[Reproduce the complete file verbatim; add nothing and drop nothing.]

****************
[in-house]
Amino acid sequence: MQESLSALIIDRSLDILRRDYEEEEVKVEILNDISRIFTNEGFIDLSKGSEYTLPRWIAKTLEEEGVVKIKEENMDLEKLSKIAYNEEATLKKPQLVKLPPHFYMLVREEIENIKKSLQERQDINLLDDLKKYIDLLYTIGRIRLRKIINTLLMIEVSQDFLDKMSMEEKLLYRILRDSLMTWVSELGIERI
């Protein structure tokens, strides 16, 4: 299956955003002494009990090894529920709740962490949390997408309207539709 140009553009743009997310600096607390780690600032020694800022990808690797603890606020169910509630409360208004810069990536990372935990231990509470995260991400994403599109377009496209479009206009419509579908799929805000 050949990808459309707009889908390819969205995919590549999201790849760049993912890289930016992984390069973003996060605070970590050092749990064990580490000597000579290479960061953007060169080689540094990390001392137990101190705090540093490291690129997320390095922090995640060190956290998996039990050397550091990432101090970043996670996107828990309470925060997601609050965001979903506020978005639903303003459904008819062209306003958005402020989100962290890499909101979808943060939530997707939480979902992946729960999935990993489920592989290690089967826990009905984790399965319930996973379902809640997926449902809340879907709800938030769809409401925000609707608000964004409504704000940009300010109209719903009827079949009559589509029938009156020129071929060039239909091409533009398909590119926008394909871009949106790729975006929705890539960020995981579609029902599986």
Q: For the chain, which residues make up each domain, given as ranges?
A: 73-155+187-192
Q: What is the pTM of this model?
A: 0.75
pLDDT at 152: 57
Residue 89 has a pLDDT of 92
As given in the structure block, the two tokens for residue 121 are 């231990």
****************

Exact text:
[in-house]
Amino acid sequence: MQESLSALIIDRSLDILRRDYEEEEVKVEILNDISRIFTNEGFIDLSKGSEYTLPRWIAKTLEEEGVVKIKEENMDLEKLSKIAYNEEATLKKPQLVKLPPHFYMLVREEIENIKKSLQERQDINLLDDLKKYIDLLYTIGRIRLRKIINTLLMIEVSQDFLDKMSMEEKLLYRILRDSLMTWVSELGIERI
């Protein structure tokens, strides 16, 4: 299956955003002494009990090894529920709740962490949390997408309207539709 140009553009743009997310600096607390780690600032020694800022990808690797603890606020169910509630409360208004810069990536990372935990231990509470995260991400994403599109377009496209479009206009419509579908799929805000 050949990808459309707009889908390819969205995919590549999201790849760049993912890289930016992984390069973003996060605070970590050092749990064990580490000597000579290479960061953007060169080689540094990390001392137990101190705090540093490291690129997320390095922090995640060190956290998996039990050397550091990432101090970043996670996107828990309470925060997601609050965001979903506020978005639903303003459904008819062209306003958005402020989100962290890499909101979808943060939530997707939480979902992946729960999935990993489920592989290690089967826990009905984790399965319930996973379902809640997926449902809340879907709800938030769809409401925000609707608000964004409504704000940009300010109209719903009827079949009559589509029938009156020129071929060039239909091409533009398909590119926008394909871009949106790729975006929705890539960020995981579609029902599986």
Q: For the chain, which residues make up each domain, given as ranges?
A: 73-155+187-192
Q: What is the pTM of this model?
A: 0.75
pLDDT at 152: 57
Residue 89 has a pLDDT of 92
As given in the structure block, the two tokens for residue 121 are 């231990």